The Boys, Girls of Summer
May I recommend “Wait Till Next Year” by Pulitzer Prize-winning historian / author Doris Kearns Goodwin? I’ve just finished this memoir of Goodwin’s colorful ‘50s childhood growing up in the shadow of Ebbets Field. It was a glorious time to be a Brooklyn Dodger fan, and young Doris--defending her team from the neighborhood’s Yankees and Giants supporters--developed a lifelong passion for baseball. I especially enjoyed reading her book after seeing her speak so eloquently about the Dodgers in Ken Burns’ “Baseball” documentary series on PBS.
Goodwin’s earliest memories are of “those wondrous days when baseball almost ruled the world!” Since the author is a historian, her accounts of a New England childhood rooted in the rituals of baseball seasons, the Catholic Church and traditional family life (marred by serious illness) are presented on a broad historical canvas. Were the ‘50s an “innocent” time, as so often portrayed? Hardly, points out Goodwin, when one considers the threats of McCarthyism, polio and the atom bomb, to name a few. Can a serious 1998 Los Angeles Dodger fan (like myself) take something of value from “Wait Till Next Year”? Yes. The title.
For the record:
12:00 AM, Jul. 27, 1998 For the Record
Los Angeles Times Monday July 27, 1998 Home Edition Life & Style Part E Page 4 View Desk 1 inches; 18 words Type of Material: Correction
Book title--Michael Jahn won an Edgar Award for “The Quark Maneuver.” An incorrect title was given in Thursday’s Life & Style.
“Chump Change” by Dan Fante (the son of novelist John Fante of Los Angeles) begins in a treatment center in New York after an alcohol-induced suicide attempt and tracks three weeks in the life of Bruno Dante, a failed and crazy ex-telemarketer. Bruno is notified by his unfaithful, Valium-popping wife that his father, a scenarist named Jonathan, is about to die of diabetes in Los Angeles. Bruno and his wife, ever not speaking, catch the next flight west with disastrous results.
In L.A., Fante’s alter ego goes head to head with every emotional brick wall from Malibu to Compton: a 7-Eleven store manager; Jonathan’s drug-addicted bull terrier, who is dying of cancer; a 15-year-old stuttering hooker who reads Faulkner; an accountant brother who stop-watches his car rides; and a dating service that gives a new and perverse dimension to the notion of compatibility. Fante’s airplane scene alone is by turns the most touching, hilarious and upsetting piece of writing since the best of Charles Bukowski.
Don’t miss “Chump Change.” It is passionate, obscene and quite wonderful.
English writer Jill Gascoine’s “Lillian” was in my beach bag last week, and because I couldn’t put it down, I left the beach extremely sunburned.
“Lillian” tells the story of Jessica, a 50-year-old British woman who is suffering from severe depression despite the unconditional love of her husband, Bill, and her three grown sons. When she is invited by her best friend, Norma, to spend time in a lavish mansion in Los Angeles, Jessica thinks it will be the perfect antidote to her unhappiness. Yet Norma’s glitzy life and adulterous husband push Jessica further into her shell, and it is only when she meets Lillian, a dynamic older woman, that she is able to enjoy life again.
The women develop a strong friendship, which grows into a love affair. Gascoine does a remarkable job of portraying a convincing and beautiful relationship between two older women. The writing is funny and fluid--and the story is addictive.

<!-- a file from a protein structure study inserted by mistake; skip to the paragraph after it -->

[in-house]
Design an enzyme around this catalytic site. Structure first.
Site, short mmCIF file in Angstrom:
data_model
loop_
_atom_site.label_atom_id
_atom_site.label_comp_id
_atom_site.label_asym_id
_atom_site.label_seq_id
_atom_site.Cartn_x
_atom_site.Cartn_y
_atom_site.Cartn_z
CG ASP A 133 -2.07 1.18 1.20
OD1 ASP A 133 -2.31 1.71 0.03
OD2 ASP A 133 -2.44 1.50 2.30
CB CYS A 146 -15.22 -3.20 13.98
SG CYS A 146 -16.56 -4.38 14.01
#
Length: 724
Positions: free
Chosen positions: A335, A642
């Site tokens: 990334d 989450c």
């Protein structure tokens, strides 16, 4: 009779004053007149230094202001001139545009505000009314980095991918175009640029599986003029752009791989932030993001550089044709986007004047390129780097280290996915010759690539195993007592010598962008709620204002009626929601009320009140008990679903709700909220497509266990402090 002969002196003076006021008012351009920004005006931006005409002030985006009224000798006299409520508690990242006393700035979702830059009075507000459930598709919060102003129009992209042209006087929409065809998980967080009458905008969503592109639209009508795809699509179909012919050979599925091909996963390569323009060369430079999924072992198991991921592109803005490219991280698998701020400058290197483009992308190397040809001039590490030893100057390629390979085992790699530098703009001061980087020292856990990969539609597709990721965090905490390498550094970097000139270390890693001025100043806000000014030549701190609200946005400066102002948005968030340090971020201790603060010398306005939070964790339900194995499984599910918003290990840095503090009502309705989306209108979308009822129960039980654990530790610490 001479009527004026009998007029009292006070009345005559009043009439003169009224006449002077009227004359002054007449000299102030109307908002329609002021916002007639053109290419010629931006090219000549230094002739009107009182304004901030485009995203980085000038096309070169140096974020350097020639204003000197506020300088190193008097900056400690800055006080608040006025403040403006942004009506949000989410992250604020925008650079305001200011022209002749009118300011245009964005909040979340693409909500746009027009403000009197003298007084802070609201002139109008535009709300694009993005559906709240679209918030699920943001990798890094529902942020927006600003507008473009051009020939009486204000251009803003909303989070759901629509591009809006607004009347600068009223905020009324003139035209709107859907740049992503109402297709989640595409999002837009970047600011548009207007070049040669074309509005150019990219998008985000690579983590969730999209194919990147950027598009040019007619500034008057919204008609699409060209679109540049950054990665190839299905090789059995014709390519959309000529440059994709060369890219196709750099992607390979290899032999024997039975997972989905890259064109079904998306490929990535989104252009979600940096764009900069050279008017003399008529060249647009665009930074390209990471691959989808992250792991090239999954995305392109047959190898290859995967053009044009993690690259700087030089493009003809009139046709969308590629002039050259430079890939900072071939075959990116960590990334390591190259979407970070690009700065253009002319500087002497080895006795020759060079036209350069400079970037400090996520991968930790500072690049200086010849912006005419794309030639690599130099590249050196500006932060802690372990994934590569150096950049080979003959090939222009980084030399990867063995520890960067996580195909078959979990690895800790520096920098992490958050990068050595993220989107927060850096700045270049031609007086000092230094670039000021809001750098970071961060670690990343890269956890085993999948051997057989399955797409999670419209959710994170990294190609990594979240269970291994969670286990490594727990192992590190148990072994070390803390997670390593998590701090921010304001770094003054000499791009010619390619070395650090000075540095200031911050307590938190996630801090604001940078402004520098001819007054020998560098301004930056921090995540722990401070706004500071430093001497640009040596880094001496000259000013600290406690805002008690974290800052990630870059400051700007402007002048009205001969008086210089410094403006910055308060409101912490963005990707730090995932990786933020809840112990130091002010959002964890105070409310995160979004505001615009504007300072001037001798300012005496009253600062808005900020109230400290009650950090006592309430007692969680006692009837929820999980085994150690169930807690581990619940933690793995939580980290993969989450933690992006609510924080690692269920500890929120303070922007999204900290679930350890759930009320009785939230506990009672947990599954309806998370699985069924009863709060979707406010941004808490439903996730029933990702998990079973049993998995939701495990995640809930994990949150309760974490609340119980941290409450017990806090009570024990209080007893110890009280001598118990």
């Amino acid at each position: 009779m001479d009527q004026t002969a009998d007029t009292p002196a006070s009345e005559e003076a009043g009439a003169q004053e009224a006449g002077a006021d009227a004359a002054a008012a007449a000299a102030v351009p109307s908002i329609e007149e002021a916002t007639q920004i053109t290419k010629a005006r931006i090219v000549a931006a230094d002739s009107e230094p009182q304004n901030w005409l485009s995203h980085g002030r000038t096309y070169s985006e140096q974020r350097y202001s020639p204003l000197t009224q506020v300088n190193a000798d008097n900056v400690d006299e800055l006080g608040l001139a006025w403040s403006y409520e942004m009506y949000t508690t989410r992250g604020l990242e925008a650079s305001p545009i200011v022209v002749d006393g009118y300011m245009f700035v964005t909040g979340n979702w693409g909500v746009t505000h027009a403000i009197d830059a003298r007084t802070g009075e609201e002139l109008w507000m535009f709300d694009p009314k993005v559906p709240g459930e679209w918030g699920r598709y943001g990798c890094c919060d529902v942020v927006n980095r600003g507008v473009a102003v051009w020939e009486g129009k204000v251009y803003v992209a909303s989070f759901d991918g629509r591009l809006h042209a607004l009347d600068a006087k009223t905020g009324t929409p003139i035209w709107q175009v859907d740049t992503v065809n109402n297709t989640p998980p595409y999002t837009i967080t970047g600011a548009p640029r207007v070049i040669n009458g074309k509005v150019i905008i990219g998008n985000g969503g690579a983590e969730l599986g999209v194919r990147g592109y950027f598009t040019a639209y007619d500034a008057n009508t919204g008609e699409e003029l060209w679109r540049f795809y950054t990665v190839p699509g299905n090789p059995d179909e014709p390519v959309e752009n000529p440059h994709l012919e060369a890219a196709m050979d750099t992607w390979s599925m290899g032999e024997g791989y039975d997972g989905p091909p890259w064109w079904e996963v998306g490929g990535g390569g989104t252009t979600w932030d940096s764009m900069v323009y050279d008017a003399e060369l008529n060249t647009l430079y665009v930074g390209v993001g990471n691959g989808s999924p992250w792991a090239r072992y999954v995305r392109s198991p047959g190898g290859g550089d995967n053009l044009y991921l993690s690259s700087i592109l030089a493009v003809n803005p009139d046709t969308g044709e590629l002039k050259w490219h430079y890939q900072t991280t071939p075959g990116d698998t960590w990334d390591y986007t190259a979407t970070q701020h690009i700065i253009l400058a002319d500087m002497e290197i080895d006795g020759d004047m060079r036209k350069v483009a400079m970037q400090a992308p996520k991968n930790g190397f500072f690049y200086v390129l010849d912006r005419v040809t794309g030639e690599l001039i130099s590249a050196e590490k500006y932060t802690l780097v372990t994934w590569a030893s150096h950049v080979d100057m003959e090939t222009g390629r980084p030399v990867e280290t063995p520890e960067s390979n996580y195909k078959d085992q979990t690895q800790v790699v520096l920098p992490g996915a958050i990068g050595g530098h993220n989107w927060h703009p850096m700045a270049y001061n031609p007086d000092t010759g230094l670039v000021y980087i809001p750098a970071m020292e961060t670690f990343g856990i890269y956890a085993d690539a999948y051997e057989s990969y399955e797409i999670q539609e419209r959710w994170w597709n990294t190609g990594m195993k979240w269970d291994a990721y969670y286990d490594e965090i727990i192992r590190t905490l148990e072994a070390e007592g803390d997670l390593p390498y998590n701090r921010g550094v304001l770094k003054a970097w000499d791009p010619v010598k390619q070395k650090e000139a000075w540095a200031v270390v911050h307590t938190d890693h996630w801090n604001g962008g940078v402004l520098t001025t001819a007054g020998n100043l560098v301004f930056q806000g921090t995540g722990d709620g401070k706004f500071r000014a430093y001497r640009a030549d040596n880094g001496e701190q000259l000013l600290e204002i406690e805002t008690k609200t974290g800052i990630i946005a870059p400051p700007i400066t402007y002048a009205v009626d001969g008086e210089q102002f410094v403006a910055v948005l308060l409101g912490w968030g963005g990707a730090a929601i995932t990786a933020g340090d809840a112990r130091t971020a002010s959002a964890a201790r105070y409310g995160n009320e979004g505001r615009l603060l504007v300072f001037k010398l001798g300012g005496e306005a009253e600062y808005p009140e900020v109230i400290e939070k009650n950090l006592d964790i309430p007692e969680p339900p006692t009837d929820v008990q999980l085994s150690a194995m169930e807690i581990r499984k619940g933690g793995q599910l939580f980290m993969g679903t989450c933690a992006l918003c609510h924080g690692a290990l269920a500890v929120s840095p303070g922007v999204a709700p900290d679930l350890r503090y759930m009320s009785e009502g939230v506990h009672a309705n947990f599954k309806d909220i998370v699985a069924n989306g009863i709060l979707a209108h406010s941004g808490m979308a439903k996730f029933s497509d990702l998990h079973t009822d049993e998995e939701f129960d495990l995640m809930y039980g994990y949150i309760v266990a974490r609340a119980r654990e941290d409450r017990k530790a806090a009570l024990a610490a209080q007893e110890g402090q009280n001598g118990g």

Easy, fun and informative summer reading for every woman, and maybe even the guys, is a new paperback by Dr. Carole Lieberman and Lisa Collier Cool entitled “Bad Boys: Why We Love Them, How to Live With Them, and When to Leave Them.” Start with the quiz in Chapter 2 (“What’s His Problem Anyway?”) to determine which one (or more) of the dozen categories fits your man. I found it uncannily accurate--so much so that it encouraged me to plow into other chapters with such titillating titles as “The Self-Absorbed Seducer,” “The Compulsive Flirt,” “Misunderstood and Married,” “Mr. Power Mad,” “The Man of Mystery,” “The Lethal Lover,” “The Prince of Darkness” and many others.
Each chapter begins with a fairy tale and takes the reader through all-too-familiar scenarios, offering practical suggestions for understanding your lover and your choices.
Since so many mysteries in recent years seem to be obsessed with cemeteries, funerals and how the body is handled, it is a pleasure to come across an author who gives his protagonist a plot more involved with the live world around him. In Michael Jahn’s “Murder on Fifth Avenue,” Det. Capt. Bill Donovan is an Irish cop from New York’s West Side who recently (after many false starts) has married wealthy, multiracial Marcy, who at one time worked for him.
Marcy is in the hospital about to deliver their first child when Donovan goes to buy the baby a rattle at F.A.O. Schwarz. Suddenly, the air is rent with screams, shots, the sound of breaking glass and the wail of a burglar alarm, which plunge Donovan into fast-action mode. Author Jahn won an Edgar Award for “The Quick Maneuver,” and his Bill Donovan series grows better with each offering.
CATHEY L. PINCKNEY
* What’s that book in your beach bag (or carry-on, or on your night table)? Is it any good? Send us a review! We’re especially interested in hearing about fiction that you don’t find reviewed in The Times, but feel free to send us your opinions of whatever it is you are reading. Keep the reviews short (200 words, tops) and send them (with your phone number) to Readers Reviews, Life and Style, The Los Angeles Times, Times Mirror Square, Los Angeles CA 90053, or fax them to (213) 237-0732. We’ll print the most interesting ones every other week. Sorry, but no submissions can be returned.
* Next week: Cathy Curtis reviews art books.